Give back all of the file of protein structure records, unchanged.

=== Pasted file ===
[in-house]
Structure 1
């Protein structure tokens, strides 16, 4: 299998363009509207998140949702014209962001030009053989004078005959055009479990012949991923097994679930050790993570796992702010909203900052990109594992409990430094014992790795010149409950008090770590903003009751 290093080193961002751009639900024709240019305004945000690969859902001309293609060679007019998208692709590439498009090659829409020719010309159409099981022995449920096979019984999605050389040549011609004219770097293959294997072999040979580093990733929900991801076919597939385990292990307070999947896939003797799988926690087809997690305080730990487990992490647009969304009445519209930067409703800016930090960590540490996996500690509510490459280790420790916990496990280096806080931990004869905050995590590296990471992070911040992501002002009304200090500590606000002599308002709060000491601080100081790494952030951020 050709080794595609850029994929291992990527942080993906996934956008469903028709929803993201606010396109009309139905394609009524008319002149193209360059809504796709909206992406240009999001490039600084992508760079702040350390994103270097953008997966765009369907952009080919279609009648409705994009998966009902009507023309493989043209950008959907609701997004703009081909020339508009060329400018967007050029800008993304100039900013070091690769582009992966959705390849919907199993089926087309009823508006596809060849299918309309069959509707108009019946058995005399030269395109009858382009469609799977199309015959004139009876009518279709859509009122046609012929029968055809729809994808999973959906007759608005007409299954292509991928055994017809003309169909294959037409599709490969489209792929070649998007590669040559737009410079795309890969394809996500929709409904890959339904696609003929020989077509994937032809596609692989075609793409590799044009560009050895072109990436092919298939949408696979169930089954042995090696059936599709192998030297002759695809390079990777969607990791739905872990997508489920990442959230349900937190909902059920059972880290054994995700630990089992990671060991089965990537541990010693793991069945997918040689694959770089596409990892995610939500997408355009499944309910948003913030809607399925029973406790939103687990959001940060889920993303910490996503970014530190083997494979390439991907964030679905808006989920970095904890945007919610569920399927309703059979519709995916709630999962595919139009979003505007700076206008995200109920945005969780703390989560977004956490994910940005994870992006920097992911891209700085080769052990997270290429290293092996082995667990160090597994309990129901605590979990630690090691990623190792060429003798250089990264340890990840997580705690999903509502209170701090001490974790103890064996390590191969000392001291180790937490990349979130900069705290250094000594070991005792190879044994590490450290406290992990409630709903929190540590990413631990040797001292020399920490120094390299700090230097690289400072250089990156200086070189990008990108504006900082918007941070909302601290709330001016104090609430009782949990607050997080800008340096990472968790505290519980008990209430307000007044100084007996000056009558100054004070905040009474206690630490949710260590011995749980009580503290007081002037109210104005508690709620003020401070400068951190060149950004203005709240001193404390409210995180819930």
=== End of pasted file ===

[in-house]
Structure 1
């Protein structure tokens, strides 16, 4: 299998363009509207998140949702014209962001030009053989004078005959055009479990012949991923097994679930050790993570796992702010909203900052990109594992409990430094014992790795010149409950008090770590903003009751 290093080193961002751009639900024709240019305004945000690969859902001309293609060679007019998208692709590439498009090659829409020719010309159409099981022995449920096979019984999605050389040549011609004219770097293959294997072999040979580093990733929900991801076919597939385990292990307070999947896939003797799988926690087809997690305080730990487990992490647009969304009445519209930067409703800016930090960590540490996996500690509510490459280790420790916990496990280096806080931990004869905050995590590296990471992070911040992501002002009304200090500590606000002599308002709060000491601080100081790494952030951020 050709080794595609850029994929291992990527942080993906996934956008469903028709929803993201606010396109009309139905394609009524008319002149193209360059809504796709909206992406240009999001490039600084992508760079702040350390994103270097953008997966765009369907952009080919279609009648409705994009998966009902009507023309493989043209950008959907609701997004703009081909020339508009060329400018967007050029800008993304100039900013070091690769582009992966959705390849919907199993089926087309009823508006596809060849299918309309069959509707108009019946058995005399030269395109009858382009469609799977199309015959004139009876009518279709859509009122046609012929029968055809729809994808999973959906007759608005007409299954292509991928055994017809003309169909294959037409599709490969489209792929070649998007590669040559737009410079795309890969394809996500929709409904890959339904696609003929020989077509994937032809596609692989075609793409590799044009560009050895072109990436092919298939949408696979169930089954042995090696059936599709192998030297002759695809390079990777969607990791739905872990997508489920990442959230349900937190909902059920059972880290054994995700630990089992990671060991089965990537541990010693793991069945997918040689694959770089596409990892995610939500997408355009499944309910948003913030809607399925029973406790939103687990959001940060889920993303910490996503970014530190083997494979390439991907964030679905808006989920970095904890945007919610569920399927309703059979519709995916709630999962595919139009979003505007700076206008995200109920945005969780703390989560977004956490994910940005994870992006920097992911891209700085080769052990997270290429290293092996082995667990160090597994309990129901605590979990630690090691990623190792060429003798250089990264340890990840997580705690999903509502209170701090001490974790103890064996390590191969000392001291180790937490990349979130900069705290250094000594070991005792190879044994590490450290406290992990409630709903929190540590990413631990040797001292020399920490120094390299700090230097690289400072250089990156200086070189990008990108504006900082918007941070909302601290709330001016104090609430009782949990607050997080800008340096990472968790505290519980008990209430307000007044100084007996000056009558100054004070905040009474206690630490949710260590011995749980009580503290007081002037109210104005508690709620003020401070400068951190060149950004203005709240001193404390409210995180819930």